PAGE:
As we enter new year, many with new four-legged additions to the family, we’re likely to want to spoil them with hugs, kisses and of course treats. I mean who can resist those puppy dog eyes and their cute fuzzy faces.
… It may sound a little dull, but let’s be sure that when treating, that we’re doing it in a responsible manner.
Treating is such a important part in building a relationship with your best Friend. It is often a simple “I love you”, “Thanks” or ‘Well done!” from you to your pet, but it’s not at all uncommon for us to slip into bad habits and forget the true function of these tasty snacks.
Below are some ‘best practices’ when it comes to treating.
Think about the Number of Treats you Feed
Treats shouldn’t exceed 10 to 15% of our pet’s daily caloric intake. Anything more tends to deliver too many calories. Just like for humans with a snacking fetish, if more than 10% of their total daily food is in treat form, we need to step back and think. We don’t want to lead our pets down the slippery slope towards being a rollie polly.
Over treating will lead not only to an energy imbalance, but a nutrient imbalance too. What this means is that treats are made for occasional consumption; they don’t contain all of the nutrients your pet needs to survive every day. If we feed more of the treats and less of a complete-and-balanced diet, their requirements won’t be fulfilled, and nutrient deficiencies will result.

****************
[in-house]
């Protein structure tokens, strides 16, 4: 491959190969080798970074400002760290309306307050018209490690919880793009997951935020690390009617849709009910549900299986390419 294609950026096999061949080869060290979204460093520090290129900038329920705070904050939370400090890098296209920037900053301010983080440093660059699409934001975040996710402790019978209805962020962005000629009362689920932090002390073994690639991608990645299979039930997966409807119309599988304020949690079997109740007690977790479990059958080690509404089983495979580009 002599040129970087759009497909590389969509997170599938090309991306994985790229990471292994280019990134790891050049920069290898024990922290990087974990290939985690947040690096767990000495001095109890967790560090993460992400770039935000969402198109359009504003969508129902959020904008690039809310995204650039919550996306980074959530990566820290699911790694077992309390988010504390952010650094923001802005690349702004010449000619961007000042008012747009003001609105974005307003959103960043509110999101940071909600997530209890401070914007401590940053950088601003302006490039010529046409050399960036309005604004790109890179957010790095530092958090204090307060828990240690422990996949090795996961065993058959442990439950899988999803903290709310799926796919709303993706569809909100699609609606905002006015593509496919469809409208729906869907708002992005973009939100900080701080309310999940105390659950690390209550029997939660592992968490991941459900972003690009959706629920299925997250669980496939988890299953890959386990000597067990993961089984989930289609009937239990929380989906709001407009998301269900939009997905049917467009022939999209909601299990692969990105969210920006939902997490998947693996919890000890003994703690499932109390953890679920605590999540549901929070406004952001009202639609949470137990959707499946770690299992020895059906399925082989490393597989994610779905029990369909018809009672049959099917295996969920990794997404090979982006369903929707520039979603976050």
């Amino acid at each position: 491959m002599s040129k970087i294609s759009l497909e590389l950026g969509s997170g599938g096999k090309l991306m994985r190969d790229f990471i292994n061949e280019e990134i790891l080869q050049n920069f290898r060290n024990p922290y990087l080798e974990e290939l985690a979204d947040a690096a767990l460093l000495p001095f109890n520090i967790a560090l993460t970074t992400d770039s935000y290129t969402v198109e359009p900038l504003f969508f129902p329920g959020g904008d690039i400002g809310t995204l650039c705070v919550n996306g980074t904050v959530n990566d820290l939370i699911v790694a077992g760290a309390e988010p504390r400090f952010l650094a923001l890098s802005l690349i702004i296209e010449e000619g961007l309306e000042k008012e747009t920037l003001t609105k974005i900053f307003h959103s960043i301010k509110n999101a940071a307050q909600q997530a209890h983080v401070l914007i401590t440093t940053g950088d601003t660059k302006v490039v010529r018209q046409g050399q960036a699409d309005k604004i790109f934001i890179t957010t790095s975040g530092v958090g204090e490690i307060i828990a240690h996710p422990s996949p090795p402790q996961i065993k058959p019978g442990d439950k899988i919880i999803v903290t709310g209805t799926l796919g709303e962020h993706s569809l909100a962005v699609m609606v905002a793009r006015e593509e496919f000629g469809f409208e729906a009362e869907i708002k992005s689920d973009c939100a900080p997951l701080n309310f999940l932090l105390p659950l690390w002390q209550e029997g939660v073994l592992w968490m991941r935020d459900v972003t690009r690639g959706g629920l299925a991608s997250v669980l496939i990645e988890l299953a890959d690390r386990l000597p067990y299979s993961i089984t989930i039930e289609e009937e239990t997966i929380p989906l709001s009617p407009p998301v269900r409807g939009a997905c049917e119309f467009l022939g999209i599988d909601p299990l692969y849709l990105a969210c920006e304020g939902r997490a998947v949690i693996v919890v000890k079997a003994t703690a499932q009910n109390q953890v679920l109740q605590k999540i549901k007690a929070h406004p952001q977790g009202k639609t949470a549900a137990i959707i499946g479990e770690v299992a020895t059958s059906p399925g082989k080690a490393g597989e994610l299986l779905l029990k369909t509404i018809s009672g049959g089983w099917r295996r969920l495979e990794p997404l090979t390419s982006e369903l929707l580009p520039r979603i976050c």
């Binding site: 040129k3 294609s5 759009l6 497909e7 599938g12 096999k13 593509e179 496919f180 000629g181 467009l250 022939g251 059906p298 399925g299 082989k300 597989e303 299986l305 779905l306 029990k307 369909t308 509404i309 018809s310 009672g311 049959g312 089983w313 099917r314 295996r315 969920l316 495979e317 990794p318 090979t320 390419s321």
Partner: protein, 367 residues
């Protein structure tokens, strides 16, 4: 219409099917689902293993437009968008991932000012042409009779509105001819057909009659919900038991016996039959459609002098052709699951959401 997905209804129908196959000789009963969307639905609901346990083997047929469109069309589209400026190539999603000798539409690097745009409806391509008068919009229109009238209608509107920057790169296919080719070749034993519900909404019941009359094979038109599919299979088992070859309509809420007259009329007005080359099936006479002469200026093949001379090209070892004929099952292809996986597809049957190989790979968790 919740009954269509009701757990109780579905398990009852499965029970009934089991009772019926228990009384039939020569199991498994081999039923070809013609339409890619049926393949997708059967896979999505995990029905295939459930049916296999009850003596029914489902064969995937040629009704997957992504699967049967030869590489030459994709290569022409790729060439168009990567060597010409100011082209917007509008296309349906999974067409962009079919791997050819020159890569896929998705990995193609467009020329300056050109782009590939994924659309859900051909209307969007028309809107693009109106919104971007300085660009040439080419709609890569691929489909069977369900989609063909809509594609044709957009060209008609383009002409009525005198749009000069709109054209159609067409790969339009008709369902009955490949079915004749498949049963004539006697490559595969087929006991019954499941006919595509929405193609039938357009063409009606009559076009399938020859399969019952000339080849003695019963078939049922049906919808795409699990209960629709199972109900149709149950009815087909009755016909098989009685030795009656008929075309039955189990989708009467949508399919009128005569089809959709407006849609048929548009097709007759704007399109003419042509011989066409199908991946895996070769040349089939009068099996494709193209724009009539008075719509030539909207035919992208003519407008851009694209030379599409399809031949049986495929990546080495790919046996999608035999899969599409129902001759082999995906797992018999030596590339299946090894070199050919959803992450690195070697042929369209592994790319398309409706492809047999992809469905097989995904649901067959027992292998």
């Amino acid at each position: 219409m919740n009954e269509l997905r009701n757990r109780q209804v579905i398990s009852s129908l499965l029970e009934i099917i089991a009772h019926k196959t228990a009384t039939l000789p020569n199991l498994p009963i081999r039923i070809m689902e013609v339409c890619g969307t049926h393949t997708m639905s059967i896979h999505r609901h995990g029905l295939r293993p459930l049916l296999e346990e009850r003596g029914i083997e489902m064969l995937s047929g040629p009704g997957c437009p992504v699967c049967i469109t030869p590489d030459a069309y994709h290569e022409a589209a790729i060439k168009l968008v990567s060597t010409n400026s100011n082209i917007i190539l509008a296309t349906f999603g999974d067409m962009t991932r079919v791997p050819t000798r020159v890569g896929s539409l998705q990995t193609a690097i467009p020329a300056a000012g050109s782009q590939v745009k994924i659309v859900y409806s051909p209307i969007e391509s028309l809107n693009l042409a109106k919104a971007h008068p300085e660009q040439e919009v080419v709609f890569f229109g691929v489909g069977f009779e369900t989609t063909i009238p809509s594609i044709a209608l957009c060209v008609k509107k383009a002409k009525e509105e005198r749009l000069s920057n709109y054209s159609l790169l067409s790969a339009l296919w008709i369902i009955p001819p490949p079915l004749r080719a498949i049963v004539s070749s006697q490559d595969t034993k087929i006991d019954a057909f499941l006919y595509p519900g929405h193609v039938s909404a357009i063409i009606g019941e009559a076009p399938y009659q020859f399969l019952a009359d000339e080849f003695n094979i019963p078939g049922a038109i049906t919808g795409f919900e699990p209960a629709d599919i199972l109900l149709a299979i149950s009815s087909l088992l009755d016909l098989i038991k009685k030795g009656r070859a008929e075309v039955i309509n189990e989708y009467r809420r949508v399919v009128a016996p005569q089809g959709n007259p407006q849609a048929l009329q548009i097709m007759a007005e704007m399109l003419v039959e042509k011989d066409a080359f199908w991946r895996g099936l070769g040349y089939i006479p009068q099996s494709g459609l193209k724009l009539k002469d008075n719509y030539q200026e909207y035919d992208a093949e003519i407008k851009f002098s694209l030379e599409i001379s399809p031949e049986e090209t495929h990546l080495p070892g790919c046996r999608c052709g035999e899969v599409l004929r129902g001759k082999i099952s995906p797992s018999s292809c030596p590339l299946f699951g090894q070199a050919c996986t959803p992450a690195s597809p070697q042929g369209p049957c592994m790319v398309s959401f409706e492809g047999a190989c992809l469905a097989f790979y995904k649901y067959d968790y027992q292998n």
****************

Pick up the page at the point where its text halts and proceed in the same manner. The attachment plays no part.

Think Why You're Treating
It is often our very first consideration when it comes to selecting the appropriate type of treat but that reason often gets forgotten with time, as treating becomes a habit for you and your best friend. Stopping and thinking ‘WHY’ is always useful of course.
Realising that these valuable treats aren’t empty calories, but shared moments, and a big relationship-builder for many pet owners.
Some reasons for treating:
Simply saying ‘thanks’ or ‘I love you’. Treats that reward are generally small, delicious and often ‘semi moist’ pieces (or easily divisible), like Pocket Rewards, Milky Sticks or Duck Sticks etc. Low calorie options are a good idea here.
Positive reinforcement is where we give a reward not just once, but consistently as thanks for good behaviour. Your pet will learn that ‘good things come from me doing this’ and as the lesson becomes ingrained, training treats can be reduced and replaced with praise. Easily breakable, divisible treats are great for training sessions too.
Occupying and Entertaining
While leaving our pets for long periods of time isn’t ideal, particularly while they’re puppies and need to feel secure in their environment, sometimes we want a treat to last longer. Whether they be chews which exercise the teeth and gums, rawhide or generally the more dehydrated, tougher treats like rabbit or lambs ears, they can do a great job at enriching their day, and even relieving anxiety. Chewing is a natural behaviour that allows your dog to de-stress. These are the treats that we need to be particularly mindful of when supervising, to ensure they’re consumed in a safe way. Take advice from your vet if you have concerns.
Let’s keep these reasons in mind when buying our treats.
There’s no value in giving a jerky treat which takes minutes to chew while you’re training-on-the-go, nor expecting a soft treat to keep them entertained while you’re cleaning the house.